Magnify Your Inner Slacker
It was during my freshman year of high school that I recognized certain patterns in my own study habits, and, thankfully, had a conversation with a school counselor about it who just happened to be a psychology and leadership development junkie, much as I am today. I found that my level of comprehension and retention went up dramatically as I was able to break up my studies into chunks, and divide myself across those topics and activities. My counselor described it as being similar to muscle development: as you work one muscle to fatigue, instead of stopping to rest, you quickly move to an opposite muscle group, thereby keeping the overall heart rate up while giving the primary muscle group rest. I love this concept – the idea that I can rest one side of my brain, while engaging the other, and in the process get a whole lot more accomplished.
Admittedly, not everyone was a fan of this theory. My mother didn’t understand how I could have the television on, a mix tape playing, and a couple open books in front of me, and get anything out of it. And yet somehow I managed to get four years of high school condensed into 2 years, and get accepted into a couple major universities at 15. So something about the theory seemed to work for me.
Even now, I have Spotify running a levels at which I’m sure the neighbors can follow along with the lyrics, scanning online and print reference materials, writing this post while also monitoring and answering both emails and tweets. It’s how I work.
It was that spring 1985 conversation with my counselor that came to mind when I read Matthew May’s article in strategy+business entitled Six Secrets to Doing Less, which is, for all intents and purposes, just an extension of Covey’s time management matrix, in my mind. May’s idea is that innovation succeeds best when you remove all distractions:
It’s the art of subtraction, defined simply as the process of removing anything excessive, confusing, wasteful, hazardous, or hard to use—and perhaps building the discipline to refrain from adding it in the first place.
Now, for the observant reader, you’re probably thinking “Hey, wait a minute. The author is talking about removing distractions, and you’re talking about multi-tasking to the nth degree.” In my ADD/OCD/workaholic world, I am breaking down complex activities into their sub-components, simplifying assignments and projects into a more “consumable” pieces, which I am in the habit of tracking through detailed checklists. Hey, don’t knock it – it works for me. So in my mind, I am removing the excessive and confusing for each project, similar to what the author describes – and then my habits kick in, and I move between consumable pieces across multiple projects. I think my marketing team gets frustrated with me at times that my content output comes in waves – usually because I’m writing several articles at once, based on what interests me and the ideas that seem to “click” in my mind.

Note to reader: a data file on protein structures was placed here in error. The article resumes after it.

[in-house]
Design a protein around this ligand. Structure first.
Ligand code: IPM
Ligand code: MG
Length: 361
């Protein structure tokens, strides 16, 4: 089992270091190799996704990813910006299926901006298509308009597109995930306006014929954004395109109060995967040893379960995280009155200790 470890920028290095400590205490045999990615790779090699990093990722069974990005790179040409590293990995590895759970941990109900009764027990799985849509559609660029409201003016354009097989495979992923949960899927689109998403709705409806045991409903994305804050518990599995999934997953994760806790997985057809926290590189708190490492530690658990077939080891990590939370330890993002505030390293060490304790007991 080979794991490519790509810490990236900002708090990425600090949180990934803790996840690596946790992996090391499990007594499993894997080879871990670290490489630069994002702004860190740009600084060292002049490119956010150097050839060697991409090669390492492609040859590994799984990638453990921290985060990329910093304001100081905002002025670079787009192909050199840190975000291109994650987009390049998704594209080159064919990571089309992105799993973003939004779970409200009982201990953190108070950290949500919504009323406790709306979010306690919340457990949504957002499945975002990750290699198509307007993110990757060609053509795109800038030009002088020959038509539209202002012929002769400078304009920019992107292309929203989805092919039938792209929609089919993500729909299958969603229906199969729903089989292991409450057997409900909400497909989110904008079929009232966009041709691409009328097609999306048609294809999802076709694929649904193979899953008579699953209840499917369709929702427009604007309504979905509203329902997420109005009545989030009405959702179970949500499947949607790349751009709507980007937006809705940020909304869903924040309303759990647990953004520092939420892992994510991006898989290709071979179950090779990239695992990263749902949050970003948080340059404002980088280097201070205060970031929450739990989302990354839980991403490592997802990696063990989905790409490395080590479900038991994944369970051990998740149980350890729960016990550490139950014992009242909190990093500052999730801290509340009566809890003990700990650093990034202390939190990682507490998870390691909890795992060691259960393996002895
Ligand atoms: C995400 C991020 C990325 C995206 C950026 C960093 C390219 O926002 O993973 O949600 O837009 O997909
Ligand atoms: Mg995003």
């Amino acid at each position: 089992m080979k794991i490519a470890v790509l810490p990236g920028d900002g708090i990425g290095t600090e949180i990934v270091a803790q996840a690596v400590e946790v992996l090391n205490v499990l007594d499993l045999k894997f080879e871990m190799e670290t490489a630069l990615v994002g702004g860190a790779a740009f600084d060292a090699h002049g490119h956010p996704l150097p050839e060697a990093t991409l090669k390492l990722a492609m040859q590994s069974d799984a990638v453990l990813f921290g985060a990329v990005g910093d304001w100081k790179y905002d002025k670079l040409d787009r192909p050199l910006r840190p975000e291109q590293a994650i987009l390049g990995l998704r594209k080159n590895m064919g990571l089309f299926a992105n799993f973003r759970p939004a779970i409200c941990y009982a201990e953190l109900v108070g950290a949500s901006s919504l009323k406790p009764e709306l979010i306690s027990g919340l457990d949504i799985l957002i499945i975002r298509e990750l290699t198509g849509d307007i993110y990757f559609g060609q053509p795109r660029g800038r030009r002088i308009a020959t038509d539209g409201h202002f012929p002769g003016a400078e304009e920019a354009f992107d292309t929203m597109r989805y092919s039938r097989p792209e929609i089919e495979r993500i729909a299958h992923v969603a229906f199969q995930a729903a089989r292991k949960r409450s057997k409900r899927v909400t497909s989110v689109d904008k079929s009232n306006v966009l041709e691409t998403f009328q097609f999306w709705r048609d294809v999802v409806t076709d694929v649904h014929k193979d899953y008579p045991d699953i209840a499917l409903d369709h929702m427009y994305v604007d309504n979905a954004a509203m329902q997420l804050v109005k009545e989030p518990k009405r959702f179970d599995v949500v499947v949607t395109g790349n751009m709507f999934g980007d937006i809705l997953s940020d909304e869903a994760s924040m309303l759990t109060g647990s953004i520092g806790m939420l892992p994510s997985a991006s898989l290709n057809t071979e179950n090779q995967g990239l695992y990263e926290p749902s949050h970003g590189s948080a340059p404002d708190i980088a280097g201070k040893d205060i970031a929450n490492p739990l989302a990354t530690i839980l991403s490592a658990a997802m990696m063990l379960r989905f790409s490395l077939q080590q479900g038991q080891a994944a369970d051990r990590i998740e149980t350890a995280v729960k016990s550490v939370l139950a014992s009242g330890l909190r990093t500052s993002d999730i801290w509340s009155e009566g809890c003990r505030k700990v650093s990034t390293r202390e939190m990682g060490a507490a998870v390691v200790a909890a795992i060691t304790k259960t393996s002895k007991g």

While I think there are great ideas across all six of May’s innovation strategies, the last two points stood out the most to me. Here’s his full list (read his article for the full text behind each):
- What isn’t there can often trump what is.
- The simplest rules create the most effective experience.
- Limiting information engages the imagination.
- Creativity thrives under intelligent constraints.
- Break is the important part of breakthrough.
- Doing something isn’t always better than doing nothing.
Initially, #5 really stood out to me, and brought up the memory of those conversations with my school counselor, because I found success – and innovation – by following a style and a path that was counter to how just about everyone else studied. Thankfully, I had someone there who recognized that how I processed information, and generated my most creative ideas, was contrary to how most US schools expect their students to learn: quietly, together, with a lot of memorization. Instead, I was encouraged to focus on my design and artistic outputs as a counter-balance to the more formal subjects, and often found innovation through seemingly unrelated activities.
But then the quote in #6 cemented my own personal experience:
Neuroscience now confirms that the ability to engineer creative breakthroughs indeed hinges on the capacity to synthesize and make connections between seemingly disparate things. A key ingredient is a quiet mind, severed for a time from the problem at hand.
For me, cognitive dissonance is not so much about conflicting inputs, but in being forced to focus on a single input at one time. That drives me crazy. Much like the development of opposing muscle groups, moving between topics and my “consumable pieces” allows me to find equilibrium – and better innovate.
Btw – for those unfamiliar with the image above, its from one of my all-time favorite bands, Cud, which never saw much commercial success. I can’t hear someone utter the word “slacker” without thinking of the infamous Cud song “Slack Time.”